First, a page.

There's quite a range of fairly sophisticated music to be heard in commercials these days, but dissonant contemporary classical is rarely on the playlist. Nevertheless, it drives the wild camera ride in Hewlett-Packard's "The Wind" :60, from Goodby, Silverstein & Partners, which is just one anomaly among many in this elegant bit of Euro-chic. The spot features a French voiceover, English subtitles and sinuously insistent, sometimes downright vertiginous black and white photography, shot in Paris by @radical.media's Ralf Schmerberg. As if that weren't enough, Jeff Goodby and Rich Silverstein themselves teamed up to handle the art/copy, working with CDs Steve Simpson and Steve Luker (see Hank Corwin's piece on the editing of this spot on p. 41).
The idea is simple enough. "We had in mind a French film," says co-chairman Silverstein. "Moody, intriguing, classic black and white, with subtitles. We wanted the wind to be discontented - in that French movie manner." So the wind, personified by a woman declaiming what could be poetry, talks about its utter implacability until it runs into an aerodynamic Porsche (made so with HP technology) and suddenly it's a giggly breeze. Tim Barnes of New York's Quakebasket, who wrote the string quartet-based music, insists he owes his inspiration to others. "It really came about through Hank Corwin and Jeff Goodby, both of whom are serious music fans, and very in touch with sound and picture." he says. "The overall feel for the commercial is the ever-changing path, velocity and mood of the wind. What better way to represent that than with musical shifts?" Lost Planet editor Corwin "created a music collage from sound sources such as John Zorn and Penderecki that really pushed the wind ride to a new place - a pastiche score that was intense, funny, sad, then romantic," says Barnes. But, adds Corwin, "we found that my hallucinogenic guide track was just too aggressive and random."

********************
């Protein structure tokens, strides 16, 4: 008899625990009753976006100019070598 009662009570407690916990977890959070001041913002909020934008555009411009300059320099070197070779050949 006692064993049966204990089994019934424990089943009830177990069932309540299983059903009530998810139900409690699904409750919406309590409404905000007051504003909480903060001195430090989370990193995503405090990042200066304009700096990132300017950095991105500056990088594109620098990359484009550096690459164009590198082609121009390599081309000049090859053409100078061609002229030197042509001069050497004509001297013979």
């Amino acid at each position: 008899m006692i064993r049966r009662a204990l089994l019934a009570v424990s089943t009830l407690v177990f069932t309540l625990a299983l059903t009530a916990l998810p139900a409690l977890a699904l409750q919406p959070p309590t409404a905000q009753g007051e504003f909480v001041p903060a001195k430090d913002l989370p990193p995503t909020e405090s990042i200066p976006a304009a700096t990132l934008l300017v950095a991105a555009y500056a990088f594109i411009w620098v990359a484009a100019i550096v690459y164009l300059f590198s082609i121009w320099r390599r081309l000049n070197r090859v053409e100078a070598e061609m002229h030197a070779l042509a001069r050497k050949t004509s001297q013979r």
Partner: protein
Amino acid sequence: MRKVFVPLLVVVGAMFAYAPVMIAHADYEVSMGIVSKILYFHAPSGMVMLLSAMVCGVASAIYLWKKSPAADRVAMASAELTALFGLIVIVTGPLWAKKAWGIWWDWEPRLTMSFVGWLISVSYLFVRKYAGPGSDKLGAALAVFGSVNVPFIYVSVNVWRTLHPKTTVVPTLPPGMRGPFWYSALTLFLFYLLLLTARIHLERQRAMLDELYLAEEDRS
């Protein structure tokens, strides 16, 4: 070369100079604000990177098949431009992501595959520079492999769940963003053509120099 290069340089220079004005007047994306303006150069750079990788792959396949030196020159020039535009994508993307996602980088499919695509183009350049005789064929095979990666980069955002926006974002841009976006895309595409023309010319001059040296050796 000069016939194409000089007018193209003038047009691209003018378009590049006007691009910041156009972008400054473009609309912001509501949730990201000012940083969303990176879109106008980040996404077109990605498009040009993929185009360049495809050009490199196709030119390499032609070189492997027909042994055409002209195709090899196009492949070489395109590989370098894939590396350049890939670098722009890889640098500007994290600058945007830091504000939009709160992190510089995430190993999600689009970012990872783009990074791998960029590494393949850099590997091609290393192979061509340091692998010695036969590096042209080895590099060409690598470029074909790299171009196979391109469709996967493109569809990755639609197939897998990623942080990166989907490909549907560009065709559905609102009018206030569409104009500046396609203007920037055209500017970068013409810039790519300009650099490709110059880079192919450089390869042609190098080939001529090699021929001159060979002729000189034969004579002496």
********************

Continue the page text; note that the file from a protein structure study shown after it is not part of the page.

"Hank came to me with this post-score situation because he knew of my activities with New York's experimental music community, as well as my being an enthusiast of modern classical music," says Barnes. "Quakebasket is primarily a sound design company and I'm not really set up to have clients in for a proper record session. But I recruited six friends, who predominantly play free, improvised music, and we sat around a bunch of microphones in our kitchen area and recorded. Luckily, our offices are in a loft with pretty nice natural acoustics." Is the VO considered part of the music? Barnes believes "it's more the conductor of the string quartet, rather than being a rhythmic or tonal element of the music." And he points out that though the spot is intrinsically French, "the music reminds me more of Charles Ives. After the live takes of the quartet, I brought in a clarinet to embellish some of the music's progressions. When the wind falls in love with the aerodynamics of the Porsche, we're experiencing an emotion that we haven't witnessed so far in the commercial, so it was necessary to drastically change the instrumentation. Here, I brought in vibes to try to bring out the wind's fragility."
"Tim composed the track in segments, sounding nothing like my temp," says Corwin. "It was better. It was sublime."